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Polk County, Florida -- Sheriff Grady Judd assembled a press conference Tuesday morning of nearly a dozen local law enforcement leaders to recognize their efforts in "Operation Cyber Vigilance," a March-through-June crackdown that already received thorough coverage in local media.

However, he either didn't realize - or didn't care - that a number of the 132 men whose faces appeared on his mugshot "big board" had already been cleared of committing crimes.

"Those folks that our parents warned us about are these people," Judd said, pointing to the mugshots. "These are the sexual predators that are prowling around, these are the bad guys."

Judd had no new arrests to report at Tuesday's press conference, instead touting the 132 arrests - already thoroughly covered by local media - made by the regional Internet Crimes Against Children (ICAC) task force he leads.

However, 10 Investigates, looking into instances of law enforcement misconduct, brought to Judd's attention that several of the men pictured already had their charges dropped by the courts. But Judd showed no remorse.

"It's fair," Judd said of their inclusion. "Because there is a difference between probable cause and 'beyond and to the exclusion of every reasonable doubt.' And let me tell you one thing so there's no misunderstanding - when we arrest them as 'sexual perverts on children,' I'm going to call them 'sexual perverts on a child.'

Sheriff Grady Judd is unapologetic when he calls suspects in a sex raid "predators."

"Because we have a very liberal - a very forgiving - criminal justice system, sometimes it's more difficult to prove 'beyond to the exclusion of every reasonable doubt.'"

Most of the 132 men were arrested for coming to a decoy house to meet what they thought was an underage teen. However, detectives made mistakes in some of the stings, and local judges have been increasingly critical of their tactics in tricking men into coming.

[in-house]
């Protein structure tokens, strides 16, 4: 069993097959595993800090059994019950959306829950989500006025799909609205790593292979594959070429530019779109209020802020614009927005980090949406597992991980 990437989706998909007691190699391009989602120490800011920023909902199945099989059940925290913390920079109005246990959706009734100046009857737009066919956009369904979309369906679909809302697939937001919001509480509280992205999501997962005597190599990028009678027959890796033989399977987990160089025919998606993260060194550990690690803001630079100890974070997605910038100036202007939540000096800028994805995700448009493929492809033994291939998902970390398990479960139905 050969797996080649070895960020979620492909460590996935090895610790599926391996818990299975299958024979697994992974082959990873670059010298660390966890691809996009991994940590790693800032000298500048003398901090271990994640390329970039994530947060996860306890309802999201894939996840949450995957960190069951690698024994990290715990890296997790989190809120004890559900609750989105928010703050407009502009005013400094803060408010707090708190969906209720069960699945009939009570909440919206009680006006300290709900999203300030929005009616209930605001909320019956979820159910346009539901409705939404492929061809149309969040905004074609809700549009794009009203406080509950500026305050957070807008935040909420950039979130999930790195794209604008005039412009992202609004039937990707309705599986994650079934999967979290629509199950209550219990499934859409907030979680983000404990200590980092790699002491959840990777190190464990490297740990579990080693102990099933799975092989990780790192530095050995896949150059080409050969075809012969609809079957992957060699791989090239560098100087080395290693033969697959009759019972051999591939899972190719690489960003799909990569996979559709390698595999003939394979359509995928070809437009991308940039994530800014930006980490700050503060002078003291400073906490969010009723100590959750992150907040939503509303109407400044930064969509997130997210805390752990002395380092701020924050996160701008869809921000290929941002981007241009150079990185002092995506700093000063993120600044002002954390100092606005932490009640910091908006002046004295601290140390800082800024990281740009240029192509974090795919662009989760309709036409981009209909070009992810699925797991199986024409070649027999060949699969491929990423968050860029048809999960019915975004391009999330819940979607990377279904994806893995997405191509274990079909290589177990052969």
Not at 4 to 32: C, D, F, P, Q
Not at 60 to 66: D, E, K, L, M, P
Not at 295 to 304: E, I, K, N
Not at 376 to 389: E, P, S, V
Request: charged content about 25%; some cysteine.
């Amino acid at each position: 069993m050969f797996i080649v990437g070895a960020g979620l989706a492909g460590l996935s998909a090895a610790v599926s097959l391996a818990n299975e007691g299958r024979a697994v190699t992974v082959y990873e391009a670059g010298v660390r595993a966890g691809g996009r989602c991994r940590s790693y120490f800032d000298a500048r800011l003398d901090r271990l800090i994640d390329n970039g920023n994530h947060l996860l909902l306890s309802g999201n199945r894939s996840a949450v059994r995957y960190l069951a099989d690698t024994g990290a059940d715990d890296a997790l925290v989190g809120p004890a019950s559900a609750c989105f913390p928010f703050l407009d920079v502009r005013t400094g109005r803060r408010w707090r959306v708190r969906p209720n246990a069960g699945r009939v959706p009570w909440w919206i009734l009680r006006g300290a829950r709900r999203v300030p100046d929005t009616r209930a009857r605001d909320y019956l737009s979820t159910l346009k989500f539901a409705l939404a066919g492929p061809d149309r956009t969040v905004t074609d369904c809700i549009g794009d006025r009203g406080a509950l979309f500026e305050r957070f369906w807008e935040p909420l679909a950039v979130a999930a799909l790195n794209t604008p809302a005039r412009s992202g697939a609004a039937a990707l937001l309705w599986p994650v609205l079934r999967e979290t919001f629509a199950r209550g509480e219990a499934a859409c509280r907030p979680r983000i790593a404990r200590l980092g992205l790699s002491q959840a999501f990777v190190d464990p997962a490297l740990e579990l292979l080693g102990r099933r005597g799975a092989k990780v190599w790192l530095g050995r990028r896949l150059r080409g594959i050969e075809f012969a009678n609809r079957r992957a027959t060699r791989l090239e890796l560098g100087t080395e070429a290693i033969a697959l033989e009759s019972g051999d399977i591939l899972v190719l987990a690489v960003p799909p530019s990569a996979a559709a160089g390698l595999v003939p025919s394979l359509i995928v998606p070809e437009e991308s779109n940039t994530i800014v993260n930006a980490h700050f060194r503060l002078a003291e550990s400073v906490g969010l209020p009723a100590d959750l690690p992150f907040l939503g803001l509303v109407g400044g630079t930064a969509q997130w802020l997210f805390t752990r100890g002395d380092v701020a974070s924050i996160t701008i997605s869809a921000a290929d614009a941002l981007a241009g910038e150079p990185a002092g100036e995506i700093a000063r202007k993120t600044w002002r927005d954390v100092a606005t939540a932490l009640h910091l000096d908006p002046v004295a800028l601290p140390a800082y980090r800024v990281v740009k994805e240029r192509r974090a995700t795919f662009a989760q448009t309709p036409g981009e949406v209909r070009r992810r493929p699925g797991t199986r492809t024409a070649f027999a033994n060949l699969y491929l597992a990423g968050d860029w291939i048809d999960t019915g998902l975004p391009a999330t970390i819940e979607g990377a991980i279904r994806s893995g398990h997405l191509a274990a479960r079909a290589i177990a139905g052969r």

Thursday and Friday nights at 11 p.m., 10 Investigates will air a two-part special report on what law enforcement doesn't want you to know about the "To Catch a Predator"-type stings.

Judd says Central Florida doesn't have any more sexual offenders than other parts of the country, but "we dig 'em out and put 'em in jail" more than law enforcement in other regions.

Judd was joined by Pinellas County Sheriff Bob Gualtieri, the regional task force chair for the Florida Sheriff's Association. Gualtieri called the arrested men "the worst of the worst."

Other attendees at Tuesday's press conference included the Florida Department of Law Enforcement, Air Force investigators,the Orlando Police Department, the Manatee County Sheriff's Office, and former Clearwater Police Chief Tony Holloway.

When asked why the Hillsborough County Sheriff's Office was not a part of the press conference, Judd didn't have a clear answer:

"There are several agencies - what we do is move (the stings) around - and they probably contributed folks to the operation and representatives didn't all show up today."

A spokesman for the Hillsborough County Sheriff's Office (HCSO) says the agency was aware of the operation, but it was not a participant. While HCSO has a full-time "Internet Predator" unit, it has been reluctant to commit resources to the time- and resource-intensive "To Catch a Predator"-style stings.

Instead, HCSO says it targets offenders that are participating in the proliferation of child porn, focusing on infants and young children who are exploited. A spokesman says those type of arrests tend to yield long prison terms as well as positive results on fighting sex trafficking.

For more of 10 Investigates' digging on the undercover stings, watch 10 News at 11 p.m. on Thursday and Friday nights.

PREVIOUS: Judd secretive on sex stings (7/1/14)
PREVIOUS: Law enforcement refuses to turn over records on sting (3/14/14)
PREVIOUS: Law enforcement may have entrapped men illegally (1/30/14)

Contact 10 Investigates reporter Noah Pransky via Facebook or through his updates on Twitter.

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